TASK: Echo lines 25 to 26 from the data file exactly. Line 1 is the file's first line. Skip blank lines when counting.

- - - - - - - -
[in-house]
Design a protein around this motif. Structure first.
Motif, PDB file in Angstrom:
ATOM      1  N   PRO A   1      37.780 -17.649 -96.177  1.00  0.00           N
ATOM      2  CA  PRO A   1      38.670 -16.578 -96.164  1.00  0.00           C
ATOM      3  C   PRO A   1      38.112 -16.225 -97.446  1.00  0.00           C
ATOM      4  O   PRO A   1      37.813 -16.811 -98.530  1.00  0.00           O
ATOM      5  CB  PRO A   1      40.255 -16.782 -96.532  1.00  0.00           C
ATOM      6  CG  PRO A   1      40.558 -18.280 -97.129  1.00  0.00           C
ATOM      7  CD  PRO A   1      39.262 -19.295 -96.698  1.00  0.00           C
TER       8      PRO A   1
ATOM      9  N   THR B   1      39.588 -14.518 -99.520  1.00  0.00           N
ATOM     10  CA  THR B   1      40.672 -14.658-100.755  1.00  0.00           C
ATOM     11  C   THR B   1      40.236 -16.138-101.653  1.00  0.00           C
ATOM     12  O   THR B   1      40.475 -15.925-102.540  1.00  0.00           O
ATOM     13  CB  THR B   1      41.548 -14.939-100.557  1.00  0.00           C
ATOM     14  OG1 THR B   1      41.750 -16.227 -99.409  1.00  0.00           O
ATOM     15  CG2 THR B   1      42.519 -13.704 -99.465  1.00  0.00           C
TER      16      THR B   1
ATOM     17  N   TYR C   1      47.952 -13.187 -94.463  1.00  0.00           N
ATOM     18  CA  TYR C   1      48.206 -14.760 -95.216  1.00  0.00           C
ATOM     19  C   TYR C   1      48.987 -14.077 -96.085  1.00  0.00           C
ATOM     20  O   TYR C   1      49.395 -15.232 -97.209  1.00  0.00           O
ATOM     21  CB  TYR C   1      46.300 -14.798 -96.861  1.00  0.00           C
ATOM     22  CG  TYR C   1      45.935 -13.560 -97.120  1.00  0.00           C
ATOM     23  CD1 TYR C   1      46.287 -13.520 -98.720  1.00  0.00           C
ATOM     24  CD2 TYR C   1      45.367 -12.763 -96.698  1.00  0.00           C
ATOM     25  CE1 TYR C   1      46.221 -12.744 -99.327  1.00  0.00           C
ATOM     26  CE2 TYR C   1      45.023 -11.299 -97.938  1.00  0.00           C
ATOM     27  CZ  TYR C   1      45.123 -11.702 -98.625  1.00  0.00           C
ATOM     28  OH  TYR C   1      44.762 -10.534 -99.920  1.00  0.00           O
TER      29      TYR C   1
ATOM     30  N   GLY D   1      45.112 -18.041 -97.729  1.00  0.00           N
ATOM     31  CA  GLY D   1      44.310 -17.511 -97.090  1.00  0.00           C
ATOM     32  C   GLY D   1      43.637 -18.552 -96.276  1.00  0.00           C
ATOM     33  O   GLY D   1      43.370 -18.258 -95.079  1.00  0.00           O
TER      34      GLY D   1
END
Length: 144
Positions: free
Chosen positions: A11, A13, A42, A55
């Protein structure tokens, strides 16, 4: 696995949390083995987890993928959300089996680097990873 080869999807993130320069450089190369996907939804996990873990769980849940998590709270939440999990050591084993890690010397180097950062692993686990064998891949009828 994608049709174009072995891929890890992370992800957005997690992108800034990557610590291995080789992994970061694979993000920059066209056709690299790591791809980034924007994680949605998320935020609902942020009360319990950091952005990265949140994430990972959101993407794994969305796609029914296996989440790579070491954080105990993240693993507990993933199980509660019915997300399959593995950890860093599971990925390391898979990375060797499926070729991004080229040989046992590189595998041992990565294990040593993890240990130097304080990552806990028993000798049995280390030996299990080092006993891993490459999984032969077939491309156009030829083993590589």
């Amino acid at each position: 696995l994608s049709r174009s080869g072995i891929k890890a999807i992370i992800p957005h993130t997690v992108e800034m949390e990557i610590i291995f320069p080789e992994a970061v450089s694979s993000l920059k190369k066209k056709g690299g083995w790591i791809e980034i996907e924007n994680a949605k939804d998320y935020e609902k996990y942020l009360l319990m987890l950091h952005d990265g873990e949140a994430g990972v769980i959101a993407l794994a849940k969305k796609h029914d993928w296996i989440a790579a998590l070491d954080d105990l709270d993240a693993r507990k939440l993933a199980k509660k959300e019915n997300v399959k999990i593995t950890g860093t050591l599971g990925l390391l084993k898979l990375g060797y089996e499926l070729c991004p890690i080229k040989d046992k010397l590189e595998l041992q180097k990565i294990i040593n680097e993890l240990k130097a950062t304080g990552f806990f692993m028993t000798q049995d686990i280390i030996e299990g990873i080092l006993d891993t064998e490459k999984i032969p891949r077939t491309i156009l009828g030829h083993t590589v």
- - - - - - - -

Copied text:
ATOM     22  CG  TYR C   1      45.935 -13.560 -97.120  1.00  0.00           C
ATOM     23  CD1 TYR C   1      46.287 -13.520 -98.720  1.00  0.00           C